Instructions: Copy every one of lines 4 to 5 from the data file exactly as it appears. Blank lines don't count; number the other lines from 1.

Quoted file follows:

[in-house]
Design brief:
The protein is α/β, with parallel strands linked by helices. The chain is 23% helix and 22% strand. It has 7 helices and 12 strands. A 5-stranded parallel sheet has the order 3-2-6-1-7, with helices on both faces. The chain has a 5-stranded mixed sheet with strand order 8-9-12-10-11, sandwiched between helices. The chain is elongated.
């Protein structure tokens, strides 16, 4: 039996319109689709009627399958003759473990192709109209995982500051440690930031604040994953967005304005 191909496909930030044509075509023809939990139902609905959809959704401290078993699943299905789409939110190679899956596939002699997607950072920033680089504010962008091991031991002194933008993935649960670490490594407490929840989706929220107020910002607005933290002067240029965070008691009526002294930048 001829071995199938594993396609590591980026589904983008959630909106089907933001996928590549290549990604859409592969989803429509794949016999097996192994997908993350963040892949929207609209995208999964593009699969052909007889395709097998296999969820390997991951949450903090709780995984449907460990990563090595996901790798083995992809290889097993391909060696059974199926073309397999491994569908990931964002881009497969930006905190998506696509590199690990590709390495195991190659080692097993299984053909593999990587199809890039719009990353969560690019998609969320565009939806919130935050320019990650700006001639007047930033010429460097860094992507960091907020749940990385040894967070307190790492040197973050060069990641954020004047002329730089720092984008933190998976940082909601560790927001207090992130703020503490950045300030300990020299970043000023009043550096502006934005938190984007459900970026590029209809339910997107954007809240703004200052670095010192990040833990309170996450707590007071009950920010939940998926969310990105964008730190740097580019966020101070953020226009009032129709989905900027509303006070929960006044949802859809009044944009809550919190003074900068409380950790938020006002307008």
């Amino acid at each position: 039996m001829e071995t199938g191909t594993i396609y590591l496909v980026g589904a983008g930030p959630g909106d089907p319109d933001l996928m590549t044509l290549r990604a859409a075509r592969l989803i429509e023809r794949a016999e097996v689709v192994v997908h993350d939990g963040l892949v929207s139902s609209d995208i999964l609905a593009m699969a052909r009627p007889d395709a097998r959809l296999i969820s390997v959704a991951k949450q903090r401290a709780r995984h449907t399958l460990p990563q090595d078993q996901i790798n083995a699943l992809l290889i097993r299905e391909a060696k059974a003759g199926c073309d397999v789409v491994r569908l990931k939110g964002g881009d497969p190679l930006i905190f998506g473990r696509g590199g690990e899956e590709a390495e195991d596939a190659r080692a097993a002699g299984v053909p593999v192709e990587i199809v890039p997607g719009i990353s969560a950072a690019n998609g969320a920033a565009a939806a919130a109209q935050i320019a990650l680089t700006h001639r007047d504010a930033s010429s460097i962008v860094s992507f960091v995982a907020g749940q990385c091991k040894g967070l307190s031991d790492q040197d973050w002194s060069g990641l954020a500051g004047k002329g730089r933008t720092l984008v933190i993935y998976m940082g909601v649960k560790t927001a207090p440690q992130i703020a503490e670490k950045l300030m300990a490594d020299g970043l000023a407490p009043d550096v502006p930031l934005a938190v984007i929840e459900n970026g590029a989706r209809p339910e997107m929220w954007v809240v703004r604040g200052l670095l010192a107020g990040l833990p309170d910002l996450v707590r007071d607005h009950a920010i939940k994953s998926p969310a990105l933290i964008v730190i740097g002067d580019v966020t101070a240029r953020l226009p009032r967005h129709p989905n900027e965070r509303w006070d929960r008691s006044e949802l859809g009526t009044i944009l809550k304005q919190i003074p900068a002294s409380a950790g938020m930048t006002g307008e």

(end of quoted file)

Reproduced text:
């Protein structure tokens, strides 16, 4: 039996319109689709009627399958003759473990192709109209995982500051440690930031604040994953967005304005 191909496909930030044509075509023809939990139902609905959809959704401290078993699943299905789409939110190679899956596939002699997607950072920033680089504010962008091991031991002194933008993935649960670490490594407490929840989706929220107020910002607005933290002067240029965070008691009526002294930048 001829071995199938594993396609590591980026589904983008959630909106089907933001996928590549290549990604859409592969989803429509794949016999097996192994997908993350963040892949929207609209995208999964593009699969052909007889395709097998296999969820390997991951949450903090709780995984449907460990990563090595996901790798083995992809290889097993391909060696059974199926073309397999491994569908990931964002881009497969930006905190998506696509590199690990590709390495195991190659080692097993299984053909593999990587199809890039719009990353969560690019998609969320565009939806919130935050320019990650700006001639007047930033010429460097860094992507960091907020749940990385040894967070307190790492040197973050060069990641954020004047002329730089720092984008933190998976940082909601560790927001207090992130703020503490950045300030300990020299970043000023009043550096502006934005938190984007459900970026590029209809339910997107954007809240703004200052670095010192990040833990309170996450707590007071009950920010939940998926969310990105964008730190740097580019966020101070953020226009009032129709989905900027509303006070929960006044949802859809009044944009809550919190003074900068409380950790938020006002307008």
């Amino acid at each position: 039996m001829e071995t199938g191909t594993i396609y590591l496909v980026g589904a983008g930030p959630g909106d089907p319109d933001l996928m590549t044509l290549r990604a859409a075509r592969l989803i429509e023809r794949a016999e097996v689709v192994v997908h993350d939990g963040l892949v929207s139902s609209d995208i999964l609905a593009m699969a052909r009627p007889d395709a097998r959809l296999i969820s390997v959704a991951k949450q903090r401290a709780r995984h449907t399958l460990p990563q090595d078993q996901i790798n083995a699943l992809l290889i097993r299905e391909a060696k059974a003759g199926c073309d397999v789409v491994r569908l990931k939110g964002g881009d497969p190679l930006i905190f998506g473990r696509g590199g690990e899956e590709a390495e195991d596939a190659r080692a097993a002699g299984v053909p593999v192709e990587i199809v890039p997607g719009i990353s969560a950072a690019n998609g969320a920033a565009a939806a919130a109209q935050i320019a990650l680089t700006h001639r007047d504010a930033s010429s460097i962008v860094s992507f960091v995982a907020g749940q990385c091991k040894g967070l307190s031991d790492q040197d973050w002194s060069g990641l954020a500051g004047k002329g730089r933008t720092l984008v933190i993935y998976m940082g909601v649960k560790t927001a207090p440690q992130i703020a503490e670490k950045l300030m300990a490594d020299g970043l000023a407490p009043d550096v502006p930031l934005a938190v984007i929840e459900n970026g590029a989706r209809p339910e997107m929220w954007v809240v703004r604040g200052l670095l010192a107020g990040l833990p309170d910002l996450v707590r007071d607005h009950a920010i939940k994953s998926p969310a990105l933290i964008v730190i740097g002067d580019v966020t101070a240029r953020l226009p009032r967005h129709p989905n900027e965070r509303w006070d929960r008691s006044e949802l859809g009526t009044i944009l809550k304005q919190i003074p900068a002294s409380a950790g938020m930048t006002g307008e």